Much Ado About PPE

I’d like to know the true cost of OSHA’s final rule on paying for PPE, which was issued the same day I wrote this column (Nov. 15, 2007). Federal agency rules contain economic impact estimates; this one estimates total compliance costs of $85.7 million for all establishments, with the biggest chunks of that going for abrasion-resistant gloves ($27.8 million), chemical-resistant footwear ($17.6 million), metatarsal guards for footwear ($13.3 million), and chemical-resistant gloves ($10.2 million). But employers usually say the estimates are way off. They’ve said so this time, and I believe them.

OSHA solved this as I expected. You’d be wise to read the rule, but here are the highlights:

• OSHA discarded the “tools of the trade” approach that could have left employees paying for virtually any protective item they wear.

• It refused to require employers to pay for all PPE, refused to exempt “high turnover” industries, and did not exempt protective gloves.

• It did not exempt welding PPE, including masks, aprons, and gloves.

• It told us how many U.S. workers wear PPE (24.9 million under OSHA jurisdiction) and what kinds (11.3 million, nonprescription safety eyewear; 9.2 million, abrasion-resistant gloves; 6.5 million, goggles; 5.8 million, chemical-resistant gloves; 5.7 million, hard hats).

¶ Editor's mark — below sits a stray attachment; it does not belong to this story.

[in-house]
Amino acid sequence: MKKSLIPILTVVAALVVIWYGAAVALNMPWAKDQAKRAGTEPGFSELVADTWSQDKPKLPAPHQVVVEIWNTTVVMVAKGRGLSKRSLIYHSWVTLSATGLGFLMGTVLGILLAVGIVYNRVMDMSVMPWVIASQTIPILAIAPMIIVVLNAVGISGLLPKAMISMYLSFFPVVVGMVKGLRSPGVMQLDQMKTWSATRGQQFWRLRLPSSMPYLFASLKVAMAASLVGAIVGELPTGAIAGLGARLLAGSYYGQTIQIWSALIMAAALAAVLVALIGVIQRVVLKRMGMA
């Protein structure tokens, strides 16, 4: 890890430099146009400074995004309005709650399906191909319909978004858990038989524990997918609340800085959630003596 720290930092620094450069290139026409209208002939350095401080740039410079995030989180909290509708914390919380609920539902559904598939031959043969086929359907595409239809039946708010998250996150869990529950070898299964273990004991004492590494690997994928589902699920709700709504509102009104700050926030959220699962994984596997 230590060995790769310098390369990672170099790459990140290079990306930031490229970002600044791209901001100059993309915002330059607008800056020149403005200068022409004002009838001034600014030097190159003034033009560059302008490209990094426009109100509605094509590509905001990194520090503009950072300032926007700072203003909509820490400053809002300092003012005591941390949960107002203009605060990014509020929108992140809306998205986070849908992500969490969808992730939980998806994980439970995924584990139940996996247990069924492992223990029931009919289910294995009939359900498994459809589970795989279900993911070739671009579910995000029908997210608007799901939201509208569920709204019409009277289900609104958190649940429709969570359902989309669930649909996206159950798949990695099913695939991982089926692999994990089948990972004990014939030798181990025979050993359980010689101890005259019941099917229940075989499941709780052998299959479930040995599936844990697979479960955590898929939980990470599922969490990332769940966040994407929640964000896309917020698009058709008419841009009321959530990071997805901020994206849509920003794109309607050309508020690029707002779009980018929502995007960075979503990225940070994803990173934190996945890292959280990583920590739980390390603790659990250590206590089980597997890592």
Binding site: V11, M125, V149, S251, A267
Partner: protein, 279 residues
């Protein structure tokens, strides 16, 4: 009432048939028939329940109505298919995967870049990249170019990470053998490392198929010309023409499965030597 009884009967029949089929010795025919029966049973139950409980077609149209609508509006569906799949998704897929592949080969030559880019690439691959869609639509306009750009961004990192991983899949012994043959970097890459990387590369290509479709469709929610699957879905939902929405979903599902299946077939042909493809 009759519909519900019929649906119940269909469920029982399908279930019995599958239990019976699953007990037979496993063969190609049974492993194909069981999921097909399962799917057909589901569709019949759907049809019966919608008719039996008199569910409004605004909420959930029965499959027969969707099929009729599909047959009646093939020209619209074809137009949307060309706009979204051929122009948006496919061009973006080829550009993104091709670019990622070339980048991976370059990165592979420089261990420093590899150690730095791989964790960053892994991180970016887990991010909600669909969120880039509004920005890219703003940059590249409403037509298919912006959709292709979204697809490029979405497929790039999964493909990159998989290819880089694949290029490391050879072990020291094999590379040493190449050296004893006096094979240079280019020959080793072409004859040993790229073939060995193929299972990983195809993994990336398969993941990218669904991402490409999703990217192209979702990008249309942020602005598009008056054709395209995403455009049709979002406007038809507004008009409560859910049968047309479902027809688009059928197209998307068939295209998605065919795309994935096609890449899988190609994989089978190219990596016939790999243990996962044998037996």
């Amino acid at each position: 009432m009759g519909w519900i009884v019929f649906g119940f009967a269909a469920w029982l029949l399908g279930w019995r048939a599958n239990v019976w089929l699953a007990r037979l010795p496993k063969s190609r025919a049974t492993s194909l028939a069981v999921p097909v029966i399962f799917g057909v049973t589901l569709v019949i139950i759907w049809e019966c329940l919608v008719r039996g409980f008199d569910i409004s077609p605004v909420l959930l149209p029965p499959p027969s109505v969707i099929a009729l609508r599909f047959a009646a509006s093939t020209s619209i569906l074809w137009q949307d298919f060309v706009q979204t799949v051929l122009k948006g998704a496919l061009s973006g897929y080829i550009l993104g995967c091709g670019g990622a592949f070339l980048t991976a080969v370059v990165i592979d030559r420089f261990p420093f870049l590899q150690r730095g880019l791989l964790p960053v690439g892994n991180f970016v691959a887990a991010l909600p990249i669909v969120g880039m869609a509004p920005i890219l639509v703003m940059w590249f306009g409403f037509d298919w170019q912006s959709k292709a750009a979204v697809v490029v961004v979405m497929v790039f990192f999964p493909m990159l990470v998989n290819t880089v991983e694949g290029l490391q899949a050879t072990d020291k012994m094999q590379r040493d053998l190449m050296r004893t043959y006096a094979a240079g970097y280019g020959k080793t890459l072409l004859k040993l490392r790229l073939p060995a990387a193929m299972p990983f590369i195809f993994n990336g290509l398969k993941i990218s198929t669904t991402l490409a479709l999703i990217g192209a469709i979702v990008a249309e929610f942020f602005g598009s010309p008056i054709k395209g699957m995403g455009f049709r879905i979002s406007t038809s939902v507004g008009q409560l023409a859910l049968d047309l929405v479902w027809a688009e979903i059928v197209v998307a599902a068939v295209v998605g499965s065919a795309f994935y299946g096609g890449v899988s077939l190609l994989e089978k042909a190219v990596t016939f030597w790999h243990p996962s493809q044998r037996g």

• It said employers in nearly all industries already pay for 96.5 percent of their workers’ PPE, with the chief exception being foot protection at 50-55 percent. Thus, steel-toe footwear is this final rule’s biggest exemption.

• “Basic,” minimal PPE for the hazards at hand is all the employers must pay for.

• All five industries—general industry, construction, shipyards, longshoring, and marine terminals—have one rule taking effect at the same time.

• Self-employed independent contractors aren’t covered.

• Employers don’t have to pay for “lost” or “intentionally damaged” PPE, but they do have to pay for replacement PPE when the original item wears out.

• Protective apparel worn by employees who are doing jobs covered by OSHA’s 1910.269(l)(6), the Electric Power Generation, Transmission and Distribution Standard, is exempt—but the rule notes if OSHA requires clothing in a revised 1910.269, employers would have to pay for it.

How will it play out? Current practices won’t change: Employers will keep paying for almost everything, and who pays for PPE will be collectively bargained in union operations. Here and there, workers will grumble when told it’s up to them to buy ordinary raincoats, snow boots, steel-toe footwear, and voluntarily used dust masks.

OSHA is candid: Achieving this rule’s entire estimated benefit of 21,789 averted injuries and illnesses per year won’t budge the national injury and illness rate of 4.6 per 100 full-time workers by even 0.1. If it succeeds, in other words, we won’t be able to see it.

This article originally appeared in the January 2008 issue of Occupational Health & Safety.

About the Author

Jerry Laws is Editor of Occupational Health & Safety magazine, which is owned by 1105 Media Inc.

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